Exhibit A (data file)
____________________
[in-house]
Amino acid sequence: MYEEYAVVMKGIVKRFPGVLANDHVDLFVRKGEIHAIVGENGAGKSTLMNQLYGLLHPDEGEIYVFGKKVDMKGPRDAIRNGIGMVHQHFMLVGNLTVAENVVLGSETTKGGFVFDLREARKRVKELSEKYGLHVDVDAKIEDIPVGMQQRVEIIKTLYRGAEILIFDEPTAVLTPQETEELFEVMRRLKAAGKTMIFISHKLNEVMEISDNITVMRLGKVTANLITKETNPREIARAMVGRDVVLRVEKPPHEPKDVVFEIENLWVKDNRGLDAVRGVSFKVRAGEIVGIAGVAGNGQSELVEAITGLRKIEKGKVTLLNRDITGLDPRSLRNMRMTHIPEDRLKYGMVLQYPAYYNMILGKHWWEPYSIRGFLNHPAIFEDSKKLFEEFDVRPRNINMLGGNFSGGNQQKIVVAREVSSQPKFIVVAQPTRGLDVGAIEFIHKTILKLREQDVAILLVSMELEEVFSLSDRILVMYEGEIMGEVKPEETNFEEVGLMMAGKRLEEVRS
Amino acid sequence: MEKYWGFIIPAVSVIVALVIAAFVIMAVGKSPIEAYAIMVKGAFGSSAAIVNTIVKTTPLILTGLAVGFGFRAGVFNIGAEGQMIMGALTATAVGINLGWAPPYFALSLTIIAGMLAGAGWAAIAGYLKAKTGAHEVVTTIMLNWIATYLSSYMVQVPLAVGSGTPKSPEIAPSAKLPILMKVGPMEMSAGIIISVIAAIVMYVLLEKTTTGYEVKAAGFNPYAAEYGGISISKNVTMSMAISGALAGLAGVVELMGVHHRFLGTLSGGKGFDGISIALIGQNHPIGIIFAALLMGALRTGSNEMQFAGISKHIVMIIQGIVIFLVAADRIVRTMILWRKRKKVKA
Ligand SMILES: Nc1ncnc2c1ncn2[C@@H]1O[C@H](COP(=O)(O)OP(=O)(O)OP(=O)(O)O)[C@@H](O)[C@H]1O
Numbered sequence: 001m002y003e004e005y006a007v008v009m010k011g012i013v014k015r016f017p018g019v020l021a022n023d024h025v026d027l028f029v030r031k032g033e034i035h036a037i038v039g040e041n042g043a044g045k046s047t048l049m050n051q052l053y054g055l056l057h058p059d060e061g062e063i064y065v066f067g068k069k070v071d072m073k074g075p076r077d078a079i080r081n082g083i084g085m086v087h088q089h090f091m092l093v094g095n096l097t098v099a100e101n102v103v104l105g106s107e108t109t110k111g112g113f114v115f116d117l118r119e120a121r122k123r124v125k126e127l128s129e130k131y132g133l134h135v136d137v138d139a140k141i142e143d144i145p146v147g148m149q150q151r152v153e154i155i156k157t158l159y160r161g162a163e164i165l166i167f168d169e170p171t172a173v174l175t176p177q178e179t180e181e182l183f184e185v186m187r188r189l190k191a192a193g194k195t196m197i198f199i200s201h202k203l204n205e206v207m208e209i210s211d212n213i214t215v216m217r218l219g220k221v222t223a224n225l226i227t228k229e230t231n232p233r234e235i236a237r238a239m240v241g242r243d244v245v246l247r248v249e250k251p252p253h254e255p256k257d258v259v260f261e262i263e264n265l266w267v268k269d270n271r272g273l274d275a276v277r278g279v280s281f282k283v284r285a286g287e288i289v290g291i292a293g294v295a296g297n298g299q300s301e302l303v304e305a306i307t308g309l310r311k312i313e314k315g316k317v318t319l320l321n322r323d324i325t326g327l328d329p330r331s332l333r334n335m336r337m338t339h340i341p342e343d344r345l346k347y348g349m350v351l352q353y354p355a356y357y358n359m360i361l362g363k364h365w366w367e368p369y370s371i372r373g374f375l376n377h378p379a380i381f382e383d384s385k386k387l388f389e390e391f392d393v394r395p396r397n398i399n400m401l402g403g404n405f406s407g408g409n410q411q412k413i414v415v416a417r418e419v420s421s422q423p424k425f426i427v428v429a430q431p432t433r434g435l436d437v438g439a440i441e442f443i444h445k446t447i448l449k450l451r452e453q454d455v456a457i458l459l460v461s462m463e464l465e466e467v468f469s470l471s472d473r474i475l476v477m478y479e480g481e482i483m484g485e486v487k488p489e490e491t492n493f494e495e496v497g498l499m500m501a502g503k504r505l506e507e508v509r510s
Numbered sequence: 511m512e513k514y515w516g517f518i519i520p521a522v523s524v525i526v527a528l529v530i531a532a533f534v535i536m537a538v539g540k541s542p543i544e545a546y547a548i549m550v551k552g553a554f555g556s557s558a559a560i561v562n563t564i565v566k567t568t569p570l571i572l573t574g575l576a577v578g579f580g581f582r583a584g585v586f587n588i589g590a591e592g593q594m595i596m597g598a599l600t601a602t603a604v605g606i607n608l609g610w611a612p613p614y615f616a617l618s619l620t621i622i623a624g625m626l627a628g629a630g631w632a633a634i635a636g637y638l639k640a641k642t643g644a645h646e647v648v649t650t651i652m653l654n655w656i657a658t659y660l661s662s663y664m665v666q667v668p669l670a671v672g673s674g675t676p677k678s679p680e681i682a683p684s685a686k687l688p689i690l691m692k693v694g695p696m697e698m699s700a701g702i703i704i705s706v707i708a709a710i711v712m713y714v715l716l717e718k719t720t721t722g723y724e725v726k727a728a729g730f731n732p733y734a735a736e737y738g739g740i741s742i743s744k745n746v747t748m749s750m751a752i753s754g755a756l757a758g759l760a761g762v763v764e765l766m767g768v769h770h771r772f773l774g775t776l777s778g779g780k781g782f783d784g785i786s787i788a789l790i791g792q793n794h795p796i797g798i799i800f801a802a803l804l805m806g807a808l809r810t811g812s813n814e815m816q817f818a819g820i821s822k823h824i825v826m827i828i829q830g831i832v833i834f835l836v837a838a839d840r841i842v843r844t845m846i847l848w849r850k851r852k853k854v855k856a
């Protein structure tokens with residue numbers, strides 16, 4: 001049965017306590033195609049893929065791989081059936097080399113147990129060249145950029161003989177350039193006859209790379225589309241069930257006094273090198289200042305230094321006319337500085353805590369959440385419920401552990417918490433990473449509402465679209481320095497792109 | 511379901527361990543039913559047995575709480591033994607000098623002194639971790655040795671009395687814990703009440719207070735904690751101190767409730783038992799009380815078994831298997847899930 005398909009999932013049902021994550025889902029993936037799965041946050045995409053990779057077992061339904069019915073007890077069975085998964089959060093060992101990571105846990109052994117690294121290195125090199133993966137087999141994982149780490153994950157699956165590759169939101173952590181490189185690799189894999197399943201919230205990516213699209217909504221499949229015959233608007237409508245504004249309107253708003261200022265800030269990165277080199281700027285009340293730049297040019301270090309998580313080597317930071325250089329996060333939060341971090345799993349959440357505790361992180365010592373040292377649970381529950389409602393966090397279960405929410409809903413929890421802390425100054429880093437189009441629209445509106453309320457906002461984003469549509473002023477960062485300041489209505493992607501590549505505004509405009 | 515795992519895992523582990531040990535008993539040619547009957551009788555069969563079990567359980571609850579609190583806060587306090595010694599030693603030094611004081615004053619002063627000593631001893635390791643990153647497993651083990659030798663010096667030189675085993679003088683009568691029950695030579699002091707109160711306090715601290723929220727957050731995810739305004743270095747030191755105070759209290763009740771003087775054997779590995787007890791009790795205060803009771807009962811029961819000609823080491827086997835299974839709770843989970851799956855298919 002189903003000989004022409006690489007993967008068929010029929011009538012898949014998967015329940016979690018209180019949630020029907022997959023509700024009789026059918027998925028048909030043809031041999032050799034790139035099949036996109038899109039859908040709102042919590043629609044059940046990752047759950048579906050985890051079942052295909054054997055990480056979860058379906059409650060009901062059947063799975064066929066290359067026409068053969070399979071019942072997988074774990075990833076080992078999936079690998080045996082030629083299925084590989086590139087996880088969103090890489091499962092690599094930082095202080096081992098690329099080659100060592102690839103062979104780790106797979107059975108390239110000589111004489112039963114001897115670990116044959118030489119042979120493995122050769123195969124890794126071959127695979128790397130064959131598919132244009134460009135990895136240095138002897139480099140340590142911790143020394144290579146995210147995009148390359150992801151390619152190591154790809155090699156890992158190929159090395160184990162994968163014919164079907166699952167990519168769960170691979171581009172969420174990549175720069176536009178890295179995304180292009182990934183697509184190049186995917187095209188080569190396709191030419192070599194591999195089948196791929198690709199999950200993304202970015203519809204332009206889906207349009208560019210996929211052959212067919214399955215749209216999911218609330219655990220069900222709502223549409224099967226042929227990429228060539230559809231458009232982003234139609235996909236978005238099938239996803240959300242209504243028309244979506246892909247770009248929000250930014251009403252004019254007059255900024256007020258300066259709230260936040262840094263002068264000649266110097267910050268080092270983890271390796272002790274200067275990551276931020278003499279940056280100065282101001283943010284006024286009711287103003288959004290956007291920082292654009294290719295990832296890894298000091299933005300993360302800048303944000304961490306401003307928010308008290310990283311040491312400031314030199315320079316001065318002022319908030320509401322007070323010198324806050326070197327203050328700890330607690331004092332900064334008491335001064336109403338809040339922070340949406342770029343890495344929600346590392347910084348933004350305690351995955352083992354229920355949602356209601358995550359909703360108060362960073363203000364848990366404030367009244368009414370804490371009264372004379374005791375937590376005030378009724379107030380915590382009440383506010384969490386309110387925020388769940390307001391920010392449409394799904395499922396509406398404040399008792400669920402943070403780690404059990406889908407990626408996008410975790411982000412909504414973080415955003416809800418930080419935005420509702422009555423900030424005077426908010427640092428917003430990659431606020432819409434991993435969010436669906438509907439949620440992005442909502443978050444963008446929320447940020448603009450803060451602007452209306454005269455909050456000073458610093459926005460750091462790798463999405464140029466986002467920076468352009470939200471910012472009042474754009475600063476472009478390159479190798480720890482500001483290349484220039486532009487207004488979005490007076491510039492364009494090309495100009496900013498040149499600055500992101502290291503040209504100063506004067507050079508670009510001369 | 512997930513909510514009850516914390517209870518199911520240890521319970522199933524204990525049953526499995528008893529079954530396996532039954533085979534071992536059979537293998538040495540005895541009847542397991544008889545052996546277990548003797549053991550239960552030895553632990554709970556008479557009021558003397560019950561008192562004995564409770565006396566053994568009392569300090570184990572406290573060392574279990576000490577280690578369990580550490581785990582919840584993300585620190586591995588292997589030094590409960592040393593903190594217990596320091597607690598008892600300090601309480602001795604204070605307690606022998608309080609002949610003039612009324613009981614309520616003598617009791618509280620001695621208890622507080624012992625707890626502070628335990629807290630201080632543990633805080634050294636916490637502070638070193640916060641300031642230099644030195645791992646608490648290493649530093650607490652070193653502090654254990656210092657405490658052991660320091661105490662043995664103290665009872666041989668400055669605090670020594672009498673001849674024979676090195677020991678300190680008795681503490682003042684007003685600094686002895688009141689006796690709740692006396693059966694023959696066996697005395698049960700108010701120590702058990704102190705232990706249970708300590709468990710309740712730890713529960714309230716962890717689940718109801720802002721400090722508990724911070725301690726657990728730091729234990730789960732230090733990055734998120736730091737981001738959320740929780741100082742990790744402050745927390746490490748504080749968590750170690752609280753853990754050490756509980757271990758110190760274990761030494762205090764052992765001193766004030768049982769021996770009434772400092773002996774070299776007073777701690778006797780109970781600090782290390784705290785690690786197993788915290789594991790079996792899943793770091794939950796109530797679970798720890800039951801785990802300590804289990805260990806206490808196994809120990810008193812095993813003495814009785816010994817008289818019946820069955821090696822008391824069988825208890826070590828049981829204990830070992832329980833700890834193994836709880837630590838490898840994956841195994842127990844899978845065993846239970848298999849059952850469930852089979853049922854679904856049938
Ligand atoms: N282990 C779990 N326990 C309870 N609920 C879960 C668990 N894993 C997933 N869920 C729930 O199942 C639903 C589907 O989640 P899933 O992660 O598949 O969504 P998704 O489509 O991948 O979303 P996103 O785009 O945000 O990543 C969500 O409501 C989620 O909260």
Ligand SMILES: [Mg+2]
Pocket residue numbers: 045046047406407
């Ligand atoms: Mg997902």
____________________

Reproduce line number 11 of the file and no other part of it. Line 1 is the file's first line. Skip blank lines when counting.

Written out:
């Ligand atoms: Mg997902």